Gates opened at 2:30pm on Thursday for Day 1 and the crowds pouring into the venue were greeted by the Kruger Brothers on the Watson Stage (main stage) with a set beginning just thirty minutes later. The international born brothers (Switzerland) settled in Wilkesboro and have become an iconic group within the folk genre.

One patron in attendance referred to MerleFest as the “Coachella” of Bluegrass but the lineup often features groups and performances from a variety of musical genres – though most do possess folk or bluegrass origins and tendencies.

The Thursday lineup took a turn south for Texas following the opening set of MerleFest as each of the next three performers hail from the Lone Star State. Shinyribs got things going, followed by Kris Kristofferson and Robert Earl Keen before another band with ties to the Texas music industry, The Mavericks, closed out opening day.


If you have never witnessed Shinyribs live, then make it a point to find them wherever they are and go see a show. Just the introduction along before Kevin Russell comes sashaying onto the stage is worth any price of admission. Known for his flamboyant wardrobe selections, Russell greeted the MerleFest audience with a purple suit and bright pink tie.

While the rains began during their hour long set, it didn’t deter the crowd who was up and dancing along with every beat by the end. Russell, the combination of Shiny Soul Sisters with Tijuana Trainwreck Horns backed by the rest of the band form a funky-roots outfit that entertained with both originals and a few covers.

Kris Kristofferson

The iconic Kris Kristofferson made his MerleFest debut on Thursday night and fans in attendance seemed to genuinely appreciate the contributions to music made from such a legendary superstar.

Backed by The Strangers, Merle Haggard’s original band and son Ben, Kristofferson doled out 18 songs and an encore before calling it a night. A member of country supergroup, The Highwaymen, featuring Kristofferson, Johnny Cash, Willie Nelson and Waylon Jennings, his original songs and those he wrote have been performed by numerous other artists since their inception.

Kristofferson gave way to Ben Haggard during his father’s “Okie from Muskogee,” much to the delight of the crowd. Ben is a rising star in his own right and playing alongside the storied Kristofferson will only serve to bolster his pedigree.

Kristofferson setlist:
-Shipwrecked in the 80’s
-That’s The Way Love Goes
-Darby’s Castle
-Me and Bobby McGee
-Here Comes That Rainbow
-Help Me Make It Through The Night
-Okie From Muskogee
-Casey’s Last Ride
-Loving Her Was Easier
-Just the Other Side of Nowhere
-Sing Me Back Home
-The Pilgrim
-Jesus Was A Capricorn
-Stay Here And Drink
-Sunday Morning Coming Down
-For The Good Times
-A Moment of Forever
-Why Me

-Please Don’t Tell Me How The Story Ends

Robert Earl Keen

Fellow Texan, Robert Earl Keen was up next on the Watson Stage as both the rain and crowd excitement intensified. Keen managed to transform a valley full of festival goers into what felt like a small listening room with his stories and upbeat songs like, “Hot Corn, Cold Corn” and “Feelin’ Good Again”.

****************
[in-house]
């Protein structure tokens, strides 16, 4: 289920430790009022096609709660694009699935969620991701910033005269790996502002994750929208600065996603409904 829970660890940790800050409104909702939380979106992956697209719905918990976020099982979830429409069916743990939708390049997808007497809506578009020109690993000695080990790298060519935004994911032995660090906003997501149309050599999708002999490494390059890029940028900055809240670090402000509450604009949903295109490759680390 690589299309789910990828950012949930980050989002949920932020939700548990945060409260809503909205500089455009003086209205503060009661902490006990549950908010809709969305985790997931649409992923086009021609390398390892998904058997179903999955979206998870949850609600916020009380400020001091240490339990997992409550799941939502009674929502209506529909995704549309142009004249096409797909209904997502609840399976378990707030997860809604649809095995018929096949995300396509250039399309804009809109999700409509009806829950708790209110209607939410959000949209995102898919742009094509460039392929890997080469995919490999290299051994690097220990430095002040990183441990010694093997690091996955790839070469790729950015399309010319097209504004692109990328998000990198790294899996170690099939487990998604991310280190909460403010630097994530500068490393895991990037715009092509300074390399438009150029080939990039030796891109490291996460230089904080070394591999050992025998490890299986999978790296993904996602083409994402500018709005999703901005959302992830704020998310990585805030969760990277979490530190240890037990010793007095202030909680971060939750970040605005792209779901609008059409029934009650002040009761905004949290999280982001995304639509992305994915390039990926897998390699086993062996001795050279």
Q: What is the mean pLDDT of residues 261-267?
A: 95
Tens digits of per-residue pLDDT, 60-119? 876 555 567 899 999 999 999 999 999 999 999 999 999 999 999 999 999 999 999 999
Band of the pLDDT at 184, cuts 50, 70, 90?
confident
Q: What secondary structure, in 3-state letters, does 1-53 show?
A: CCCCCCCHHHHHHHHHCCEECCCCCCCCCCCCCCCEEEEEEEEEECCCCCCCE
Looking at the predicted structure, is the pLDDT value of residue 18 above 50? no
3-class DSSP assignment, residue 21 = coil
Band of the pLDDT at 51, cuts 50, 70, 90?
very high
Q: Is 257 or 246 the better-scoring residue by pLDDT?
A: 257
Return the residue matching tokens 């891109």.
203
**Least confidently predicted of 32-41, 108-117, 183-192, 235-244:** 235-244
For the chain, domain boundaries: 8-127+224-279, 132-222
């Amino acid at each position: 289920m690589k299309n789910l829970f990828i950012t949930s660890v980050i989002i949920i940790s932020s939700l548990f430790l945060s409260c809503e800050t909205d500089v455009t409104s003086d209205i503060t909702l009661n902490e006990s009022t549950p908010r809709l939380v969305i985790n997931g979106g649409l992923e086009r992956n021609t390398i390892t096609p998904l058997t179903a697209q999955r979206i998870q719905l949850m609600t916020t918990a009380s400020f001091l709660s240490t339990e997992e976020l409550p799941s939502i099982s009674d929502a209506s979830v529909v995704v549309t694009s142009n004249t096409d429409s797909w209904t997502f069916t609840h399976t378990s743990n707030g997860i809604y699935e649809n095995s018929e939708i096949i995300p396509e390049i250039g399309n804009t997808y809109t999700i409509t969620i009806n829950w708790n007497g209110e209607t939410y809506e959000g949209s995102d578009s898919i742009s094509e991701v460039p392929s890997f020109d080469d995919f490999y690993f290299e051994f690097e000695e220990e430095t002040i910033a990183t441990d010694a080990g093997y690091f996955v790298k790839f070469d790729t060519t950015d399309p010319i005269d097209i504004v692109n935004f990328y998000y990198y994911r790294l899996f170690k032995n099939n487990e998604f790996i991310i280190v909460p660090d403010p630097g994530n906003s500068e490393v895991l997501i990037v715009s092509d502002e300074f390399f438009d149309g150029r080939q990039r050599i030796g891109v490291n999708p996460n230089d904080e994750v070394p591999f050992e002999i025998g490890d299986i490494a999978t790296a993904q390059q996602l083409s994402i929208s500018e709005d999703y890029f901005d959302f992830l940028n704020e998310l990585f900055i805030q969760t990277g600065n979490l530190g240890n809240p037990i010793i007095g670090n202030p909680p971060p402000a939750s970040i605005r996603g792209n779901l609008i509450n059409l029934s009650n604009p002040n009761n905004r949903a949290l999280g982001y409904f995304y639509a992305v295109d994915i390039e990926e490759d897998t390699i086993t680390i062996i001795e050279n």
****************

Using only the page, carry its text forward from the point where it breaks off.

Keen also allowed bassist and songwriter, Bill Whitbeck a.k.a. “Rusty Pliers,” to assist the crowd in spelling New Braunfels, during a performance of “Copenhagen” that he promised a member of the media he would play during his set.

An impressive musical performance came to a rousing conclusion with Keen’s anthem, a finale of “The Road Goes On Forever” that had everyone in attendance up on their feet and in appreciation of both the musical talents of Keen and his band.

Robert Earl Keen setlist:
-Hot Corn
-Feelin’ Good Again
-Twisted Laurel
-If I Were King
-Man Behind Drums
-I Gotta Go

The Mavericks

Finally, the Latin influenced group of Tex-Mex and rockabilly song styles of The Mavericks brought the first night of MerleFest to a close on the main Watson Stage. While performances kept going into the night by other groups on other stages, of which MerleFest has 14, the main events were over.

Off to a rainy beginning, the performances by each of the artists on the main stage were well worth battling the elements and many in the crowd didn’t seem to mind. Preparations were made, tarps were ascended and ponchos were on hand as a majority of the crowd was ready for the MerleFest opening main stage lineup come rain, wind, hail or high water.

And it was well worth the sacrifice.

Live Review: John Moreland Weekend

John Moreland covered Charlotte and Black Mountain over the weekend…

John Moreland is one of the best songwriters in the industry and his addition of a full band has only served to increase his level of entertainment. While previous encounters with the Oklahoma based singer were far from stale, the backing of another guitar, bass, and drum kit plus an occasional keyboard or harmonica (sometimes both!), adds a different level of flare to his live performances.

Having witnessed Moreland on three separate occasions prior to his two-day run through North Carolina, it’s also refreshing to see him incorporate both aspects of his arsenal into every set.

Now, not only can Moreland rock the lyrics of ‘Sallisaw Blue’, ‘Love Is Not An Answer’ and Tom Petty covers but he can also slow it down for his acoustical renderings – always a crowd favorite.

Both appearances by Moreland this past weekend were in festival type settings as Tuck Fest at the U.S. National Whitewater Center on Friday featured numerous attendees for the many various other activities taking place and Saturday celebrated Pisgah Brewing’s 13th Anniversary.